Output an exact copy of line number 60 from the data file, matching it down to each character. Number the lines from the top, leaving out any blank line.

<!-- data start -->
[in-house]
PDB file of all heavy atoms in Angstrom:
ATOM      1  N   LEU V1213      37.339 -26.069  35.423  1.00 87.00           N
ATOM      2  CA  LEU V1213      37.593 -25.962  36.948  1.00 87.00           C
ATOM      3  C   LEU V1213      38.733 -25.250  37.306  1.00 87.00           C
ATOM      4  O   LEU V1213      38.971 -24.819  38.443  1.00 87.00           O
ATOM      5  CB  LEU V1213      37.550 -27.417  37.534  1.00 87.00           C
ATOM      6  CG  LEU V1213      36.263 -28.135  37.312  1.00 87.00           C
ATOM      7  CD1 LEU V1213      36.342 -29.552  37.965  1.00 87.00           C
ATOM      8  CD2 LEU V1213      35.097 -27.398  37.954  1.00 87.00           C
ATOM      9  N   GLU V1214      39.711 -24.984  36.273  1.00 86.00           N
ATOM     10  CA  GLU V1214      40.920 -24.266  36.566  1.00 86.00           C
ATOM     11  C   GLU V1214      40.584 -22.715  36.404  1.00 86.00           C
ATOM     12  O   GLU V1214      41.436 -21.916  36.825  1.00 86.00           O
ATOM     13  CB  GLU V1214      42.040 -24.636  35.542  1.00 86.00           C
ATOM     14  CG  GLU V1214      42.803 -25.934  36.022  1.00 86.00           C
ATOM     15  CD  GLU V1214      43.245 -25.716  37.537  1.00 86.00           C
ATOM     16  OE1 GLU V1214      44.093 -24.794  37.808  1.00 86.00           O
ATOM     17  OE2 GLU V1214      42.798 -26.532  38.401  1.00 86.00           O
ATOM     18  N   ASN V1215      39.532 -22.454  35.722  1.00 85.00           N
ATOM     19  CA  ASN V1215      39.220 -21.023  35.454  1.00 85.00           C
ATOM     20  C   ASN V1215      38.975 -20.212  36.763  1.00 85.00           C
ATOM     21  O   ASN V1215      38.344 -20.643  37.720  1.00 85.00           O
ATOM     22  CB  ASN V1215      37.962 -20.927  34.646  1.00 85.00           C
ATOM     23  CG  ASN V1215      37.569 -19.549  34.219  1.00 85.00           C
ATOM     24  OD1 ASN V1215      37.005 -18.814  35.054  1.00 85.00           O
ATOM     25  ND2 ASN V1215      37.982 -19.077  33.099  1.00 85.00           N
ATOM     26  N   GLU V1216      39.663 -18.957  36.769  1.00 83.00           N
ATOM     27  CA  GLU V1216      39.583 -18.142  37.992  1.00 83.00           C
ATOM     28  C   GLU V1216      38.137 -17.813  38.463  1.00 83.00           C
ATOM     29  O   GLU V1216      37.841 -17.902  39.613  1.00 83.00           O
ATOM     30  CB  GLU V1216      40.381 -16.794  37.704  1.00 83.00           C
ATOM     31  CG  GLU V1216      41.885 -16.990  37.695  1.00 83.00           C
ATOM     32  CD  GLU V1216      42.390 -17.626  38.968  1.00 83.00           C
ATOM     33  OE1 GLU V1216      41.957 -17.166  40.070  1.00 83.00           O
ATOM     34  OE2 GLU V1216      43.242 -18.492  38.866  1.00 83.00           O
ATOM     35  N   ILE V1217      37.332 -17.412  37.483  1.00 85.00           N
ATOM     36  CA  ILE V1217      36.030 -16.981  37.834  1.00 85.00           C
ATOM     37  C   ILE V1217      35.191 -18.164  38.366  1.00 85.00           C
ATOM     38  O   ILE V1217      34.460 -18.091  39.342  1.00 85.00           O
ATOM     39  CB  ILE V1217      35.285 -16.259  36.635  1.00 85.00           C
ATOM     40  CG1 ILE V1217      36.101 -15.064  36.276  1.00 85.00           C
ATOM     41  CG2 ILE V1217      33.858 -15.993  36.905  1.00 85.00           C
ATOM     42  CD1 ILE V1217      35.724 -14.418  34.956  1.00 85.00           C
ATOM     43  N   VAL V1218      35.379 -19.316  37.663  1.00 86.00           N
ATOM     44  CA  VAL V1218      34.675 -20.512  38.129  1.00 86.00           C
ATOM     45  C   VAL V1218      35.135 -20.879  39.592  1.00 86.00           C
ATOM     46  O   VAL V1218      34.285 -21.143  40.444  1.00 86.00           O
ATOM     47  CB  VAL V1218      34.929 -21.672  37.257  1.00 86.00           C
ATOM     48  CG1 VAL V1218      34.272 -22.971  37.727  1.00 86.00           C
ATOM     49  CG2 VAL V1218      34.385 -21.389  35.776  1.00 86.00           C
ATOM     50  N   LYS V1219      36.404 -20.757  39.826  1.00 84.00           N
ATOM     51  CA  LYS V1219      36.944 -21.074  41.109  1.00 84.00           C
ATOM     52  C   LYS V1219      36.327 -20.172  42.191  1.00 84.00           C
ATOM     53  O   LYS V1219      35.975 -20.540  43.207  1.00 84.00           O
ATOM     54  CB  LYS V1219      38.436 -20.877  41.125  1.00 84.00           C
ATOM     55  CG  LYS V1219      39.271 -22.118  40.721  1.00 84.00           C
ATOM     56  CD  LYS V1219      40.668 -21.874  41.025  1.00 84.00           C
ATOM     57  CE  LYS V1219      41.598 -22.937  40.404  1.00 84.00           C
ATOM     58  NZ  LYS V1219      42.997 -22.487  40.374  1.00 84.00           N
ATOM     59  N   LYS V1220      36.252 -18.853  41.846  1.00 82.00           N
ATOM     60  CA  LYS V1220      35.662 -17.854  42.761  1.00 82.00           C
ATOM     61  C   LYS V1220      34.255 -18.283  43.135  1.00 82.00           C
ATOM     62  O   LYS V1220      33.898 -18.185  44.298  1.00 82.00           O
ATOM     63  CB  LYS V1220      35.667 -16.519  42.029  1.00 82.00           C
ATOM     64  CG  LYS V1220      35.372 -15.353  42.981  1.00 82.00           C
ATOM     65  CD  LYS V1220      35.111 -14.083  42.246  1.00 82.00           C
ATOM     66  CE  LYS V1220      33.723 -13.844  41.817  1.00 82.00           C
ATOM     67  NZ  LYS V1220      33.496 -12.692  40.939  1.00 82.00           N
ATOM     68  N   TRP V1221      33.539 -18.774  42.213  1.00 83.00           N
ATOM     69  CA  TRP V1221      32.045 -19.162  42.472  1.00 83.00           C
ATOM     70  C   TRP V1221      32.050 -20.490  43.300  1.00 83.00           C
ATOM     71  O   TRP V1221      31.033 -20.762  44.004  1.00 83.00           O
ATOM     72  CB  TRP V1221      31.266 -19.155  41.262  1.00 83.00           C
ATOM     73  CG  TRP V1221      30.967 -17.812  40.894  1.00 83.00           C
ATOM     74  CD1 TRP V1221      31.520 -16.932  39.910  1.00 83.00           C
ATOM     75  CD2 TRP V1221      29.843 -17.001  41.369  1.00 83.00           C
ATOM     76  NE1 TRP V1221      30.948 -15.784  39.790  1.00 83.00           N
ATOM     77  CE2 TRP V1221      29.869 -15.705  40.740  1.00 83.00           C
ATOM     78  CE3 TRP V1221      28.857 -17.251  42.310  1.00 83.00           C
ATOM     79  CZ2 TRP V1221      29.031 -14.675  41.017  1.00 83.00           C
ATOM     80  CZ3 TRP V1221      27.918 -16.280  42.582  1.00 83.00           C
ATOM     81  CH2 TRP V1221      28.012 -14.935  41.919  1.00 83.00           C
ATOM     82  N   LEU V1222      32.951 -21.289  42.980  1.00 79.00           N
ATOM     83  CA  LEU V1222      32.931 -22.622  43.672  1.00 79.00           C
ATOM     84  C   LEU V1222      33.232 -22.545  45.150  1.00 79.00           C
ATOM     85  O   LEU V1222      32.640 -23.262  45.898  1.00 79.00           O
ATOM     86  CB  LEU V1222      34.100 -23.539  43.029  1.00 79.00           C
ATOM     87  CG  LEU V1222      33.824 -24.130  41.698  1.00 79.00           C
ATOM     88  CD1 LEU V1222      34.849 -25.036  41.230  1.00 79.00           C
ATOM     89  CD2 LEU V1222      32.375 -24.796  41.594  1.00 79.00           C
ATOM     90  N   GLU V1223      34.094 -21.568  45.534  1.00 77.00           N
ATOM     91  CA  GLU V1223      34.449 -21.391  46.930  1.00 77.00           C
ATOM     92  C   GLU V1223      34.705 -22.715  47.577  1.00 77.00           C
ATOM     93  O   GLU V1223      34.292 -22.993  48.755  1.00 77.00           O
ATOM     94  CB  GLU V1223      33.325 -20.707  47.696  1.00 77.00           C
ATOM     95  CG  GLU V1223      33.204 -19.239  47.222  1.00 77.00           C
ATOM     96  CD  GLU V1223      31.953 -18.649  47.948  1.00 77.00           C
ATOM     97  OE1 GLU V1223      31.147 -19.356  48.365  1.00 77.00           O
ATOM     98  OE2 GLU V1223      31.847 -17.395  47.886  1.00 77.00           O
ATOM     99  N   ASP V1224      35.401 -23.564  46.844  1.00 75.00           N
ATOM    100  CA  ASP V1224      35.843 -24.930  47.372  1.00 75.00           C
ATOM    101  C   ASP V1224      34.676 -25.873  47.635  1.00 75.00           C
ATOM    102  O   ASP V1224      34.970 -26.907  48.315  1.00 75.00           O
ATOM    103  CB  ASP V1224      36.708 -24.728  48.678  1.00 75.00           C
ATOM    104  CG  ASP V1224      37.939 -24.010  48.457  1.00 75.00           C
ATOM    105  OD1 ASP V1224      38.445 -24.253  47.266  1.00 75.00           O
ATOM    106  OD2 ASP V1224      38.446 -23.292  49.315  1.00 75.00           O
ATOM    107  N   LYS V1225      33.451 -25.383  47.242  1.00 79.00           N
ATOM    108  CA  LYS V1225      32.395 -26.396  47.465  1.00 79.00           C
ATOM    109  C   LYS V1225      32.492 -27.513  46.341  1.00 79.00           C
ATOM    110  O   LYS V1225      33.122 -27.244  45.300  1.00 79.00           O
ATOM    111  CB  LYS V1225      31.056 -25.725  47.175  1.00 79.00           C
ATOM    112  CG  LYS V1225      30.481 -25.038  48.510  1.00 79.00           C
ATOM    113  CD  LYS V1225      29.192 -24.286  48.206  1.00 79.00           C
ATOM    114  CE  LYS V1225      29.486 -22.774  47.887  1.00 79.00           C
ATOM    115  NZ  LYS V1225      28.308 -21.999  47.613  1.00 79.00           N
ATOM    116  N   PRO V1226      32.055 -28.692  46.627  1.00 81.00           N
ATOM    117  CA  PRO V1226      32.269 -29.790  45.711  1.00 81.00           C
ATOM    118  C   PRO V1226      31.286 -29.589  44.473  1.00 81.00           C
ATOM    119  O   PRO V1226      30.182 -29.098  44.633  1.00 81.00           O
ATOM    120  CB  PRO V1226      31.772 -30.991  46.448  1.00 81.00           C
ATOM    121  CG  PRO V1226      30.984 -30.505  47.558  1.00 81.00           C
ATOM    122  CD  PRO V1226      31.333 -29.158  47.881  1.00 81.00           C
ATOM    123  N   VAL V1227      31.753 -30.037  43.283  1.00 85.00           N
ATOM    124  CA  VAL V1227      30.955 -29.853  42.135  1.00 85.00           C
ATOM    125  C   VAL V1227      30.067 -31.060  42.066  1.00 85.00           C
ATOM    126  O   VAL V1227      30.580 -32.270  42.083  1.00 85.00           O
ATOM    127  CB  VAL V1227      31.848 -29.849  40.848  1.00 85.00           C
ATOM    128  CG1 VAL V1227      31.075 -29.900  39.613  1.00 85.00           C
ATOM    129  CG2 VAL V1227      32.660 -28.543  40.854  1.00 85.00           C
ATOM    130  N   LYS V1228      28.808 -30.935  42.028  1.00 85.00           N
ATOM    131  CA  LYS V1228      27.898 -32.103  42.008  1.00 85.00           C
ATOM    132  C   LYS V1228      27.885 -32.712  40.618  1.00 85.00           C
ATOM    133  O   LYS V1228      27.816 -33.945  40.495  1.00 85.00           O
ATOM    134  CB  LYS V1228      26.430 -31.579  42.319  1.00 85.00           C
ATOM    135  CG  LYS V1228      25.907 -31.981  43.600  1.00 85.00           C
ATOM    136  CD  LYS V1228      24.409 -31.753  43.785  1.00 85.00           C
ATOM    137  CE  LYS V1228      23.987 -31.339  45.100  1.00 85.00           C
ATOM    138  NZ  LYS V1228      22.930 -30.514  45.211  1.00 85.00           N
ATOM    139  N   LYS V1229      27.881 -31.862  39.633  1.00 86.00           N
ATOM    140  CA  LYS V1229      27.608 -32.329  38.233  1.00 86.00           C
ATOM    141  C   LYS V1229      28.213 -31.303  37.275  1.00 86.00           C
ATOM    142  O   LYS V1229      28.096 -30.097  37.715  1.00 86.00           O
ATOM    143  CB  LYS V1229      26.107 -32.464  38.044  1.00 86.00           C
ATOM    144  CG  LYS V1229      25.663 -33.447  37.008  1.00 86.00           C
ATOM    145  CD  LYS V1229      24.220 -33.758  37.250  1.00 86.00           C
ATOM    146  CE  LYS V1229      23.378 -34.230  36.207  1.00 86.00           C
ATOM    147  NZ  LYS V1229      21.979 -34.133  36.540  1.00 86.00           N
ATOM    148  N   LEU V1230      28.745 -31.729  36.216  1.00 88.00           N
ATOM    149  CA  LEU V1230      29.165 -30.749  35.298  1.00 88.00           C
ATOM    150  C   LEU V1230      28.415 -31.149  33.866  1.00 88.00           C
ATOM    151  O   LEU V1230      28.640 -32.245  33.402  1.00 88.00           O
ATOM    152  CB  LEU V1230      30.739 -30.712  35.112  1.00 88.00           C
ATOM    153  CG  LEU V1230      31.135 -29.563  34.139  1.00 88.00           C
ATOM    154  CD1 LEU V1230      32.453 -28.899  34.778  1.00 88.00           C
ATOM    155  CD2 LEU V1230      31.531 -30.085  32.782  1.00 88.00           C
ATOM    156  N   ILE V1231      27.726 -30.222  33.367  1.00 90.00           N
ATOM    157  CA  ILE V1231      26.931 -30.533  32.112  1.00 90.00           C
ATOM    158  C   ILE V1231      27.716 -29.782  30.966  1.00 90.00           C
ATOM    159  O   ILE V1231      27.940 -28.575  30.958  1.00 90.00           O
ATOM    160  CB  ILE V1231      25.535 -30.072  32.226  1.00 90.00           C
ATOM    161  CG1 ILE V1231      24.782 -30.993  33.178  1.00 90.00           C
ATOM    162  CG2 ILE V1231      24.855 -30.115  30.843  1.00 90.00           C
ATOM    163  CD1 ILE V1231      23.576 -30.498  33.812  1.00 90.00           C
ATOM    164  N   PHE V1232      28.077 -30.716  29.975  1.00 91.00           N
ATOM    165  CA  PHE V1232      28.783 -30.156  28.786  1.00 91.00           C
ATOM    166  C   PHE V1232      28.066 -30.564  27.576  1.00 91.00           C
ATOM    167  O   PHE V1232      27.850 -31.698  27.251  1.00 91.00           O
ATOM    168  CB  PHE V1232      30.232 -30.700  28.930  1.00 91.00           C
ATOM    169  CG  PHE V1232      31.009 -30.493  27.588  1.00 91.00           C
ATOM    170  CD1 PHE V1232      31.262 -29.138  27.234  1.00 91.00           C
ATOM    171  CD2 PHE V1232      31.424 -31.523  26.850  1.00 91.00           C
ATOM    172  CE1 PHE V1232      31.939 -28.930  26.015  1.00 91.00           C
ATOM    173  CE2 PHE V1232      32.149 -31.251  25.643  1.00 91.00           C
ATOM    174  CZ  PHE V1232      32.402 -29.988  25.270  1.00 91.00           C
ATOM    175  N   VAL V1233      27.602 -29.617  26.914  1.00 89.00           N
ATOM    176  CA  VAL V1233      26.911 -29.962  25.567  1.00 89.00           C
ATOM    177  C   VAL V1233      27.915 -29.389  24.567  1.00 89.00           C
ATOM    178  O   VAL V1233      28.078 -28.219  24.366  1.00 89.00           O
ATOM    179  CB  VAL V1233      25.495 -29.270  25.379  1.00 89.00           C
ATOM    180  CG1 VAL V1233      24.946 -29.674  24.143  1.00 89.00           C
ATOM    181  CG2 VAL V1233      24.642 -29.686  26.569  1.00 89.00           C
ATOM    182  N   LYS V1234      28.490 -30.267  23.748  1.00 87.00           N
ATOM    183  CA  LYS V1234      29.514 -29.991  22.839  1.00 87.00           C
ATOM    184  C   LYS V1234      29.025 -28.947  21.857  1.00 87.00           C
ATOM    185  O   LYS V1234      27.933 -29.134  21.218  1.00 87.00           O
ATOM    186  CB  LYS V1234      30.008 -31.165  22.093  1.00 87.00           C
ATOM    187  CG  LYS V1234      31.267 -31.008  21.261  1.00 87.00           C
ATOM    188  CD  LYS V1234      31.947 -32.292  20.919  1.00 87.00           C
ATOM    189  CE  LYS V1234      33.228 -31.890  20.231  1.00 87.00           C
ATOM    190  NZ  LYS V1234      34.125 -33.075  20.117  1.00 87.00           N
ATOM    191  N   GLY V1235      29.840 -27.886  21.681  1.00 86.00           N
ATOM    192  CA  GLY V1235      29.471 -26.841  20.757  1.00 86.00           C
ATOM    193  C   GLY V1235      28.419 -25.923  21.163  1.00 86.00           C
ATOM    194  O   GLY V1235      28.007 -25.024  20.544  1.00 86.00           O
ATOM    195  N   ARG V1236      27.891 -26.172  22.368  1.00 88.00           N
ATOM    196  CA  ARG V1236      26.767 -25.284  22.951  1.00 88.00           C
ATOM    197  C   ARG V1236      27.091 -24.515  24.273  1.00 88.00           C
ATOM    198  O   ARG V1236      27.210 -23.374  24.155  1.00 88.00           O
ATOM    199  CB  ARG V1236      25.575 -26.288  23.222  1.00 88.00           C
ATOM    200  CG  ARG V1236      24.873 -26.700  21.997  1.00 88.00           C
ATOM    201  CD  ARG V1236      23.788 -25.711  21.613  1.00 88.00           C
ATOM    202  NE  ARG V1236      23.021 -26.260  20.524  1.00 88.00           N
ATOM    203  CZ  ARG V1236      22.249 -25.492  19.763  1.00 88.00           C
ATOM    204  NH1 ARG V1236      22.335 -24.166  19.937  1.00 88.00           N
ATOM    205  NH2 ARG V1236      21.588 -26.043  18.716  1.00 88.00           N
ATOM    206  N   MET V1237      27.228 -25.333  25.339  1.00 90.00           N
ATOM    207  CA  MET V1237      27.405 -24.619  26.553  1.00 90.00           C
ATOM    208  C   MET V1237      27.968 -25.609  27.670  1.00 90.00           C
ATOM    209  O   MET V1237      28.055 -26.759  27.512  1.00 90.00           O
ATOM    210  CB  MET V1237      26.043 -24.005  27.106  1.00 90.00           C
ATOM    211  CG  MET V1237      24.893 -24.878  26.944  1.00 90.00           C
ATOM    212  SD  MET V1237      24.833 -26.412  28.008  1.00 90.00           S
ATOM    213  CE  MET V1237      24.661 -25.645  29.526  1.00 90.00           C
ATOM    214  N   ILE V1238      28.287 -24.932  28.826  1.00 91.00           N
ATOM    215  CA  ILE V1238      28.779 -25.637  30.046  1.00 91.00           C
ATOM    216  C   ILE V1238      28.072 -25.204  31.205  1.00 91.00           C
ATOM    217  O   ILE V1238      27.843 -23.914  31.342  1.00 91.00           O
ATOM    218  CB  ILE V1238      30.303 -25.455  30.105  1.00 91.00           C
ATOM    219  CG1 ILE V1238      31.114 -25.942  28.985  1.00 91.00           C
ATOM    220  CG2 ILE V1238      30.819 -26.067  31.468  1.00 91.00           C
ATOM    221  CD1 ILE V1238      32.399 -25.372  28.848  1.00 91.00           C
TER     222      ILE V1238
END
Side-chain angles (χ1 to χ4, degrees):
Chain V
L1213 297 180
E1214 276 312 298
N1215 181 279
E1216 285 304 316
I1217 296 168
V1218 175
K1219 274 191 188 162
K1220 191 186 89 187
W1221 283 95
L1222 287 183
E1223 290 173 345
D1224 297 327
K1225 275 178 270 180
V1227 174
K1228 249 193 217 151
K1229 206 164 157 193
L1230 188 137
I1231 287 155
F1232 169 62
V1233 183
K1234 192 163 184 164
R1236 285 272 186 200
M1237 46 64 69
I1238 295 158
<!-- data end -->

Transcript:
ATOM     58  NZ  LYS V1219      42.997 -22.487  40.374  1.00 84.00           N